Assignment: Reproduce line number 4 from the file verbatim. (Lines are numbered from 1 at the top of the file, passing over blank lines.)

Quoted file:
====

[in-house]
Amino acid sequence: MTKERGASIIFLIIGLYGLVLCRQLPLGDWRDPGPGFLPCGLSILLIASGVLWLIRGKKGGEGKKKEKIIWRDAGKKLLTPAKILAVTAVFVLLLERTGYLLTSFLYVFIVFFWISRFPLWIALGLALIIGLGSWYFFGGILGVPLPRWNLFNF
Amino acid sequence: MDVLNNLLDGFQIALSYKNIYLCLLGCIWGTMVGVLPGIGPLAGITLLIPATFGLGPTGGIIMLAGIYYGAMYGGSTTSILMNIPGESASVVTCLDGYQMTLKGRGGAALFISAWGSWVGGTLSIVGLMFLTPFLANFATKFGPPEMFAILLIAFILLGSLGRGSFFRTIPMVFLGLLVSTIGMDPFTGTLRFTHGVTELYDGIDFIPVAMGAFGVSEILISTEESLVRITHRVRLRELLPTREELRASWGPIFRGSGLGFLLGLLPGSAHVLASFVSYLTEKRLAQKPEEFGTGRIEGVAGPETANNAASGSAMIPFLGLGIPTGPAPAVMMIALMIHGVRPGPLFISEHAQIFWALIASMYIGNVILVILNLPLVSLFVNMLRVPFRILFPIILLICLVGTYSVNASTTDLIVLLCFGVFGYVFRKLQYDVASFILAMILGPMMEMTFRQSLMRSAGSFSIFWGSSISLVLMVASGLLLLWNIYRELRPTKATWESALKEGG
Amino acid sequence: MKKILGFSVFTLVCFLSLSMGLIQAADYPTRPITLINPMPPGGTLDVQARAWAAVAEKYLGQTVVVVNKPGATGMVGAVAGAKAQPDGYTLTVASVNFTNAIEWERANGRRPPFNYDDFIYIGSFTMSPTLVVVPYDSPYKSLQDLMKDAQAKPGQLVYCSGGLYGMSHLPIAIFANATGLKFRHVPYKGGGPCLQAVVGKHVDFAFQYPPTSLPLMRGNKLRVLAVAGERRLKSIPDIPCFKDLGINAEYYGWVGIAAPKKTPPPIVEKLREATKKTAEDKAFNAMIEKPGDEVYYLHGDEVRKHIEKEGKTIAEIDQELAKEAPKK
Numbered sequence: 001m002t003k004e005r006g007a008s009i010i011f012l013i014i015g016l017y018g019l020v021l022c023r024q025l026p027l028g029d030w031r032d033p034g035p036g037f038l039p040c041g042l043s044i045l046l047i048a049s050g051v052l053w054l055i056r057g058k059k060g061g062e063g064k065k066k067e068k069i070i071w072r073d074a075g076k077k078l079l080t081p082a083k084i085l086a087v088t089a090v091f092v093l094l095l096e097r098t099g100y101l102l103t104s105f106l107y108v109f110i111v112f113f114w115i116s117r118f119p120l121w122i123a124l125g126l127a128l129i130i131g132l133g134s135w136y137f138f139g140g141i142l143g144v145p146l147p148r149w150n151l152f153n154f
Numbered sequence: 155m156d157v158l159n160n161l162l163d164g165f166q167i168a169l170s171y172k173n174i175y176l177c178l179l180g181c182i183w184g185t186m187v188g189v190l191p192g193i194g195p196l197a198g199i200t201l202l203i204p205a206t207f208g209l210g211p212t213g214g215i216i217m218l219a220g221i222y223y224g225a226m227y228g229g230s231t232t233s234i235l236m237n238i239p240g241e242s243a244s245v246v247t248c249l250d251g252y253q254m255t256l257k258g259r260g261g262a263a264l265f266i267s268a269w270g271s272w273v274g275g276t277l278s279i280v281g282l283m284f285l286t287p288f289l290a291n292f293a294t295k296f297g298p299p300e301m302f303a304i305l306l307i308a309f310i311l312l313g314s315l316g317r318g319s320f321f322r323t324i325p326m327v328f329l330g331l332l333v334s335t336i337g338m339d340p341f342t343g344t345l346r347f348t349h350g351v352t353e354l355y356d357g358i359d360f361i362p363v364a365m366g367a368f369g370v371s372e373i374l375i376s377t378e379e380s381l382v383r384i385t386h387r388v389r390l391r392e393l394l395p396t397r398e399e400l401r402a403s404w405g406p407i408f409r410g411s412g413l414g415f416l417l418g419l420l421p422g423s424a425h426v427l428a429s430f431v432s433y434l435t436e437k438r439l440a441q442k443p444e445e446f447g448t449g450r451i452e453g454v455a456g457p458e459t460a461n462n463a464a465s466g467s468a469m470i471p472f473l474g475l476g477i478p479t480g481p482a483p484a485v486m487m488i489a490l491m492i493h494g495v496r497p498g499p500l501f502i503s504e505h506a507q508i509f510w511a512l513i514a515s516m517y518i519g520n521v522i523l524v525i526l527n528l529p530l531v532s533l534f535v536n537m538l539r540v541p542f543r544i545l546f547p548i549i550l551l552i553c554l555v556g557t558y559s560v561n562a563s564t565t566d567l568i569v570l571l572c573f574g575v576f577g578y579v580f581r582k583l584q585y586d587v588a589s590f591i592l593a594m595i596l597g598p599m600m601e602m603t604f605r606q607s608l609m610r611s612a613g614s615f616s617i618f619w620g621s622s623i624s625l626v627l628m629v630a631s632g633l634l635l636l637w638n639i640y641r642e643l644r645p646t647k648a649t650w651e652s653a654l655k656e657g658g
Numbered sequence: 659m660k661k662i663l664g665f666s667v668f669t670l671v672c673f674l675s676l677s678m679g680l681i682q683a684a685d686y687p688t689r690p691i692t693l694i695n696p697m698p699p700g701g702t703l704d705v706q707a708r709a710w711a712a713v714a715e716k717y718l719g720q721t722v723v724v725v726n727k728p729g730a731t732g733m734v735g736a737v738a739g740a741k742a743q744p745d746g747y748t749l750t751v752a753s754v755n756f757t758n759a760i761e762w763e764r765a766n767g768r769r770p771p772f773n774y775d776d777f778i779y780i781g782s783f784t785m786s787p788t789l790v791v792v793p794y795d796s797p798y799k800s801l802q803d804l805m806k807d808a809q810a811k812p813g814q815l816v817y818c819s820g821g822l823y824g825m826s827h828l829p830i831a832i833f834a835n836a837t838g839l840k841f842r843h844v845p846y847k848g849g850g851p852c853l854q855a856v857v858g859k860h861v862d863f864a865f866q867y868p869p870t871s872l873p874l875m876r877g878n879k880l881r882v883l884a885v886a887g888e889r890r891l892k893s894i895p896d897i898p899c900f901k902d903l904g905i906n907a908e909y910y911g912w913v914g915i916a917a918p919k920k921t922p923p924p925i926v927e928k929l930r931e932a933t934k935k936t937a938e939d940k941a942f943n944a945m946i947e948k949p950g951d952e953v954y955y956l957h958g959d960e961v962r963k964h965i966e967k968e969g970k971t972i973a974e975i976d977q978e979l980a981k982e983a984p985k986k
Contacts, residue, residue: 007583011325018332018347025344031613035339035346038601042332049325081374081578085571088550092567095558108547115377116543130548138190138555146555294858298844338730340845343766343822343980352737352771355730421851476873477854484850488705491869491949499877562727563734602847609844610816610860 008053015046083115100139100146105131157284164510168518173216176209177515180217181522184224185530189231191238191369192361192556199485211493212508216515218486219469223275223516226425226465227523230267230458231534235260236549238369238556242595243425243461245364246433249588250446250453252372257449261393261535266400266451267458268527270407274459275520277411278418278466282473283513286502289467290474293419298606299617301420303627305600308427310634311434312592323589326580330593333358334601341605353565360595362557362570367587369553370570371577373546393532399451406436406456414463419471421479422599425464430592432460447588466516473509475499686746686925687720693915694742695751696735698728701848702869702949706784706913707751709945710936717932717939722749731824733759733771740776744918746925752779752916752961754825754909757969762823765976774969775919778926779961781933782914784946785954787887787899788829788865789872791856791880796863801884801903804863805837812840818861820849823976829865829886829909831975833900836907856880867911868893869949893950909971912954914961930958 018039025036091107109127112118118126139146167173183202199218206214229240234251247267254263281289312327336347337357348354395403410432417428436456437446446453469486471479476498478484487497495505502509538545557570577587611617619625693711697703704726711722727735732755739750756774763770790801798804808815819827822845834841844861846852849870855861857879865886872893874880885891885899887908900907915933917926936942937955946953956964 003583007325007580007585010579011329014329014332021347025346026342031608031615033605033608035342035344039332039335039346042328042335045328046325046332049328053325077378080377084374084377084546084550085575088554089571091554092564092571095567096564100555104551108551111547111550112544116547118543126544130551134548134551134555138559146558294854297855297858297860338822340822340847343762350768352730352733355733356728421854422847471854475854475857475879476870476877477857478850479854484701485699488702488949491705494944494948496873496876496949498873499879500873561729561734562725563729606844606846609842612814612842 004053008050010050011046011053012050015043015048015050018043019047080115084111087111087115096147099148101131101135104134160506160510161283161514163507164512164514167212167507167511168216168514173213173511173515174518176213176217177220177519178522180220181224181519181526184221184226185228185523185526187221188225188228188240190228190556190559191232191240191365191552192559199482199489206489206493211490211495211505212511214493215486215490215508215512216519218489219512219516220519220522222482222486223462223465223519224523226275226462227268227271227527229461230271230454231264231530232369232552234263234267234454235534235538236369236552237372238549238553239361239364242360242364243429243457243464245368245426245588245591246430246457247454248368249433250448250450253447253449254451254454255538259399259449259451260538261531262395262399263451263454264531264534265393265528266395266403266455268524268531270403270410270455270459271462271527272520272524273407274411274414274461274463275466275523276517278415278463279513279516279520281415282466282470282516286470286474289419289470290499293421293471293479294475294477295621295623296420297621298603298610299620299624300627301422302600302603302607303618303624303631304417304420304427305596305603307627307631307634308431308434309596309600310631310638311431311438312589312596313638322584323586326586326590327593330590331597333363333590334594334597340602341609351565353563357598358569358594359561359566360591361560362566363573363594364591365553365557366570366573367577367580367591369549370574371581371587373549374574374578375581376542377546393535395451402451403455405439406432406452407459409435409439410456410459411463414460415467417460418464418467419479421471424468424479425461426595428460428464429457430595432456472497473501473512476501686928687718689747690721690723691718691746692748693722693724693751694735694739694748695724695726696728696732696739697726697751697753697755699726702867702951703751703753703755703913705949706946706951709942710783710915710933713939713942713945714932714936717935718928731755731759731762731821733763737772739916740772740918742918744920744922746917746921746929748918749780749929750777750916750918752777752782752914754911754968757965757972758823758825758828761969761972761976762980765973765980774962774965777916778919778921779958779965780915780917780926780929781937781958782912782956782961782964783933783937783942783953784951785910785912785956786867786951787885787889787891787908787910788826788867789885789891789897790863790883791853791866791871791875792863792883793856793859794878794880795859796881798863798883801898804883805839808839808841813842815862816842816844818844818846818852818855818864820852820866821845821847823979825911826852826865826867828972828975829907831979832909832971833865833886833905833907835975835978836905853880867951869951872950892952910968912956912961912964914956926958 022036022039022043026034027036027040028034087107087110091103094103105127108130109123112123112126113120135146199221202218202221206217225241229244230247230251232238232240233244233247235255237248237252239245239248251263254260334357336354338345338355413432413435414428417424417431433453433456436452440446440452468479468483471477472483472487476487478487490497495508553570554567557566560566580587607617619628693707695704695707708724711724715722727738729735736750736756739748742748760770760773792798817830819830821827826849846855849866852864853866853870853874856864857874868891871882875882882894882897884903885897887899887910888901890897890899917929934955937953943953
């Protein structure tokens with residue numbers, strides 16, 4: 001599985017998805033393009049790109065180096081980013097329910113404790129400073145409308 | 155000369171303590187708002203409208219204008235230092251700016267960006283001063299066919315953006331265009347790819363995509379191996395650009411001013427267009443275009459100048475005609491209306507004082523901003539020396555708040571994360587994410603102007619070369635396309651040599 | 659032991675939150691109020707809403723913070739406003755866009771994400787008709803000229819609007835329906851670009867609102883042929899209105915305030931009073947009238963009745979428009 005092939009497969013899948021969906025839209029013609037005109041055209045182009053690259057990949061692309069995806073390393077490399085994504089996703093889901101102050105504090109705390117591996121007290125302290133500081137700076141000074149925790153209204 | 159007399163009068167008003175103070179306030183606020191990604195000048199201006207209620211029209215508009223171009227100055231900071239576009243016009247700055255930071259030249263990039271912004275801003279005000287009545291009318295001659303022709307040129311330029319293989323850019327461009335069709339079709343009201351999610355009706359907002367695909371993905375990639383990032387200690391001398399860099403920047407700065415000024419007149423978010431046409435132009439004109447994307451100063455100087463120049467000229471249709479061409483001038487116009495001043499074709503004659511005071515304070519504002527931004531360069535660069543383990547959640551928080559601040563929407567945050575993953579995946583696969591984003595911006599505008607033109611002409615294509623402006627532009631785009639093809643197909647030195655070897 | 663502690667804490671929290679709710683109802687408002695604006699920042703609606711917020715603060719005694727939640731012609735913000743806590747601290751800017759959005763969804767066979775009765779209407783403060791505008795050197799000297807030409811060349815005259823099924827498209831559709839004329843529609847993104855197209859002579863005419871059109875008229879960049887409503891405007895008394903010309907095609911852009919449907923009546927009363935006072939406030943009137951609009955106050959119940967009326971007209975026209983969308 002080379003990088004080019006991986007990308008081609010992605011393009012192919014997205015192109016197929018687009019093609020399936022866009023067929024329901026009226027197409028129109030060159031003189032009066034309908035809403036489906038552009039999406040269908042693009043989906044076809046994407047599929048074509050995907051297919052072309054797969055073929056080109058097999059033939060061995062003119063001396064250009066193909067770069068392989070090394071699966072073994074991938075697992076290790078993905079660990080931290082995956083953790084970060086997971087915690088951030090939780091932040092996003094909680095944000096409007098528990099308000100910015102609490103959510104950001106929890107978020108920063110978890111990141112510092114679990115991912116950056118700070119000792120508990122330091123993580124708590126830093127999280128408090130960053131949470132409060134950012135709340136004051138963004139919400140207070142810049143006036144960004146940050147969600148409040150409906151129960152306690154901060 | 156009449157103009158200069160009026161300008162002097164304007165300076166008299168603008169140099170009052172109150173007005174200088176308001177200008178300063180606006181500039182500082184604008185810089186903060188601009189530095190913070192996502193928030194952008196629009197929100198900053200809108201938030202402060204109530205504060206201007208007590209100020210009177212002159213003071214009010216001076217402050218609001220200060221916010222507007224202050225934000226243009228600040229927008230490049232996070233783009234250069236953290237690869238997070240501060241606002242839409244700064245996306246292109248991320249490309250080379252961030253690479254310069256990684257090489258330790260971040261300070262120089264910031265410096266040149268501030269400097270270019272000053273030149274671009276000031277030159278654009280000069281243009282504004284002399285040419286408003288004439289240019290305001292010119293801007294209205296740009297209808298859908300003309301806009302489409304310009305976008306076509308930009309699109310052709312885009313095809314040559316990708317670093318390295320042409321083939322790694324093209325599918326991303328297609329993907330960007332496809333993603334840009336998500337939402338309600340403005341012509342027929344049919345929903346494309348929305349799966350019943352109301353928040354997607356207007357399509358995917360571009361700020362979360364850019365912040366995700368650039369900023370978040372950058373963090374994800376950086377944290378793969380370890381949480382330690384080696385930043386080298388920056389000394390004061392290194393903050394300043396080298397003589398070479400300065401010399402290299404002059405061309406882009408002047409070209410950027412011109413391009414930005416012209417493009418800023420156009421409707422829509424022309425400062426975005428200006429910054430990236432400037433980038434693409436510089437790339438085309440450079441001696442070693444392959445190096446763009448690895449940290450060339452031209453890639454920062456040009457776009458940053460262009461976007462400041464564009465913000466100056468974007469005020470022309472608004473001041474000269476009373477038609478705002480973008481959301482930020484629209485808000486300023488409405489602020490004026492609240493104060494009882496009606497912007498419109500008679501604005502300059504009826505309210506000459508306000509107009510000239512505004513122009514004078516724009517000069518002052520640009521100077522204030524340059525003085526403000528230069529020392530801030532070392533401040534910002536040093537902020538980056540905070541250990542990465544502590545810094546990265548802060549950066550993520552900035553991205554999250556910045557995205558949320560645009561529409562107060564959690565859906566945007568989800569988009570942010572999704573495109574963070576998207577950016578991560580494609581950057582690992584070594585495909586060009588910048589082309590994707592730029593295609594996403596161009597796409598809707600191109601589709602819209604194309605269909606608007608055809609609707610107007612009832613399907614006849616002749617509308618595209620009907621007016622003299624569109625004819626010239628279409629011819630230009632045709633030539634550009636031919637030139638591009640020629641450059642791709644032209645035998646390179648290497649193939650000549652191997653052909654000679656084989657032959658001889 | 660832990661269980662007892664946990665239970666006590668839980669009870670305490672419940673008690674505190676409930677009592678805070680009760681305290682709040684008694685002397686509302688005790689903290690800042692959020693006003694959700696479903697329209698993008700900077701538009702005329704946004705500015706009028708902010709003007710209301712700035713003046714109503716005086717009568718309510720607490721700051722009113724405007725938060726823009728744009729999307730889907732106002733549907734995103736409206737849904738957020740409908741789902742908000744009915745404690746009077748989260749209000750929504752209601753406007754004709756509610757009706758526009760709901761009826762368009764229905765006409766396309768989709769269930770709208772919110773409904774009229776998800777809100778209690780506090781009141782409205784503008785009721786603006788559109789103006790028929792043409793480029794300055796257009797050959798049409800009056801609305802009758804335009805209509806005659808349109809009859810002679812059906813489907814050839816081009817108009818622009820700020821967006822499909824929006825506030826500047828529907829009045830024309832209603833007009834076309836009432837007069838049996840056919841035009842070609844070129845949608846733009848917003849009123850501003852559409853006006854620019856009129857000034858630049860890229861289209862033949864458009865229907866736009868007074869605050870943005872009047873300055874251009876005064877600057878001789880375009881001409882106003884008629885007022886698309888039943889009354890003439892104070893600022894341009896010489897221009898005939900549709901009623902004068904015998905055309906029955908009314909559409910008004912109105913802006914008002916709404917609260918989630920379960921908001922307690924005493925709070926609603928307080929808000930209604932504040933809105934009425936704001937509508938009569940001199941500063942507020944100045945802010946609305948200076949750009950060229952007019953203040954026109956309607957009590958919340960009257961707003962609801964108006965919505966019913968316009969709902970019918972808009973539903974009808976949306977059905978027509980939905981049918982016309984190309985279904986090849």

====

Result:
Amino acid sequence: MKKILGFSVFTLVCFLSLSMGLIQAADYPTRPITLINPMPPGGTLDVQARAWAAVAEKYLGQTVVVVNKPGATGMVGAVAGAKAQPDGYTLTVASVNFTNAIEWERANGRRPPFNYDDFIYIGSFTMSPTLVVVPYDSPYKSLQDLMKDAQAKPGQLVYCSGGLYGMSHLPIAIFANATGLKFRHVPYKGGGPCLQAVVGKHVDFAFQYPPTSLPLMRGNKLRVLAVAGERRLKSIPDIPCFKDLGINAEYYGWVGIAAPKKTPPPIVEKLREATKKTAEDKAFNAMIEKPGDEVYYLHGDEVRKHIEKEGKTIAEIDQELAKEAPKK